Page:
When Patrick Loggins talks about the handful of songs and remixes that he's posted to the Internet over the last year, he draws out his vowels with a natural stoner's drawl. But a slacker he is not. Although barely of legal drinking age, Loggins has amassed a small but advanced body of experimental electronic recordings that have gained notoriety beyond the modest number of "Likes" his Bandcamp page boasts (around 200 each, at press time).
His cerebral grooves, glitches, and beats are akin to the distorted grind of such early millennial electro innovators as Aphex Twin, Prefuse 73, and Flying Lotus. Rather than imitate their legacies, he recognizes the value of uncluttered space. Amid the din of so many like-minded artists, he's created a pronounced and highly evolved voice amid the din of so much noise on the Internet.
Throughout his debut full-length, Later., emptiness carries as much weight as the whirlwind of digital chatter, textures, and droning ambiance. It's a psychological aesthetic that defines Loggins' music as much as it does his personality. Never too anxious to pose for cameras or talk himself up in interviews, Loggins prefers to leave perception to the ear of the beholder, making the music, and the man, far more compelling. "I just don't wanna be all out there like these dubstep producers who are about 100 percent promotion," he says over the phone from Boston. "Let the music speak for itself."
On Dec. 7, NPR.com featured his song "Mandelbrotset" during its Song of the Day segment, and although it hasn't caused any noticeable spike in downloads, he'll take the attention for its "résumé-building" potential.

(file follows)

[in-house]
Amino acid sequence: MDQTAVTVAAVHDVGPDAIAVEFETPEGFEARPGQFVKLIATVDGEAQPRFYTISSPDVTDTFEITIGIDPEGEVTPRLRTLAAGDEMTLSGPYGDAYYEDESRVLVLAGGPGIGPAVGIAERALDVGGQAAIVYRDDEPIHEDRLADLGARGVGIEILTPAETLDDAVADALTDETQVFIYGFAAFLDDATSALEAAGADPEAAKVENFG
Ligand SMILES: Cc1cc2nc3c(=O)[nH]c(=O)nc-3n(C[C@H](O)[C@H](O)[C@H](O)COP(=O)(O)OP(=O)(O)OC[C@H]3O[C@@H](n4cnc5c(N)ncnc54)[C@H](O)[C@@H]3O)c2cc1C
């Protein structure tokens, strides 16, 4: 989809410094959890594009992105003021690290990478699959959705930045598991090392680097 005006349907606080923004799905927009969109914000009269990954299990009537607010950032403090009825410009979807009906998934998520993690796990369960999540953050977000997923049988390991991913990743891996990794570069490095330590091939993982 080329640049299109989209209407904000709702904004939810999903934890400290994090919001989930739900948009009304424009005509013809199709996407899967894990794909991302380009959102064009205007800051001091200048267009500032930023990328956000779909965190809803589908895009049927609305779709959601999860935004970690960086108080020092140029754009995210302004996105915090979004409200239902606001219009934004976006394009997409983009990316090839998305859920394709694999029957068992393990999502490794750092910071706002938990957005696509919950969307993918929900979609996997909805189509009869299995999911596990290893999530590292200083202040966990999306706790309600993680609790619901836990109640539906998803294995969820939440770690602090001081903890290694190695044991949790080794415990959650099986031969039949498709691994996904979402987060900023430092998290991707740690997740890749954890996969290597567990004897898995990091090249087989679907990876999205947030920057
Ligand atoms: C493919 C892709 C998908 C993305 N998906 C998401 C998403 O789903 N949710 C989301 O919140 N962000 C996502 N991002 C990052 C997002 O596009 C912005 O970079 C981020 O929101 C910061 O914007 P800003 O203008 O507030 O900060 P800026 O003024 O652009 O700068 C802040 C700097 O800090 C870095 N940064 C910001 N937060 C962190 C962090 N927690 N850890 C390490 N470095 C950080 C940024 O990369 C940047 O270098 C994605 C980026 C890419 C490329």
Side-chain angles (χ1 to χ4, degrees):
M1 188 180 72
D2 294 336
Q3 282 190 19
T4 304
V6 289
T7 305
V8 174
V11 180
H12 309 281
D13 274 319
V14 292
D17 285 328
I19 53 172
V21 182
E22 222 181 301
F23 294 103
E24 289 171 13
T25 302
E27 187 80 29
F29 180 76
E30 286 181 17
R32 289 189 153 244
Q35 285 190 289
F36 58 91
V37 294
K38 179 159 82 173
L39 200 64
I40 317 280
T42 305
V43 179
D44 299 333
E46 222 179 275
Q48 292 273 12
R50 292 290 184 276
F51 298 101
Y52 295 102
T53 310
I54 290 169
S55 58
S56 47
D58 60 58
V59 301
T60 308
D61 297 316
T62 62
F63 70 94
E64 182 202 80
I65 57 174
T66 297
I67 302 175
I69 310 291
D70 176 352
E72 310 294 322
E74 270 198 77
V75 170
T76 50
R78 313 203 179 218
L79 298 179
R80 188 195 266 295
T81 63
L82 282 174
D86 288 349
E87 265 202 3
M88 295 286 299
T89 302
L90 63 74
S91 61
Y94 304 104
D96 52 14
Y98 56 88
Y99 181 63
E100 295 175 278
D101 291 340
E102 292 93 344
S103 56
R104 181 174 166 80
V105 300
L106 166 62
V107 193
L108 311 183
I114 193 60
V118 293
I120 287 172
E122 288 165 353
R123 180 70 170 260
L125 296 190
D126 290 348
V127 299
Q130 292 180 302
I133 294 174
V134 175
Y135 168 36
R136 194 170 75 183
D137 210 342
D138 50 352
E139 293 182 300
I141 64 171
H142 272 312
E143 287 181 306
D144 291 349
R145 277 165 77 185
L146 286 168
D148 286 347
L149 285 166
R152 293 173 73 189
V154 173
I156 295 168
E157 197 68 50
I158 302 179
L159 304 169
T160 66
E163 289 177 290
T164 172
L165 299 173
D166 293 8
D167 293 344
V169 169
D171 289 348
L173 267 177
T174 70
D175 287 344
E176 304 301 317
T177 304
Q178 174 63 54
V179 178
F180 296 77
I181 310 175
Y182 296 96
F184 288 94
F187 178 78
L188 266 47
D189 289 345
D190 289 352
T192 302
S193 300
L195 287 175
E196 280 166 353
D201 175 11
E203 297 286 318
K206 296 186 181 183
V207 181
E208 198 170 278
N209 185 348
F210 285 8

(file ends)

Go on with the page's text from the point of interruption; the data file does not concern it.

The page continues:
Last year he spent his time divided between recording his own happy accidents, and studying electronic production and design at Boston's Berklee College of Music, but that's about to change. As of January, Loggins is done with school. After only three semesters, he's dropping out to return home and focus on music.
The plan is to release a follow-up to his GRN EP, titled BLK, at the top of the year, and it's shaping up to be something of a sentimental enigma. This time around he's delving into a darker, more spacious sound that builds upon the strains of house music that have been rubbing off on him lately. It's not club music, but it bears the influence of 808 beats colliding with sampled, clipped, and recontextualized R&B vocals. Loops and words are pieced together in repetitive, vulgar, sexually charged mantras, turning the micro genres of ghetto-house and juke on their side.
In the meantime, he's planning a pilgrimage to Los Angeles to work on a new full-length with his West Coast electro conspirators Sonnymoon. After that a SXSW show is in the works before heading out on an East Coast tour. With a year of endeavors stacking up, laid-back may only be a state of mind.
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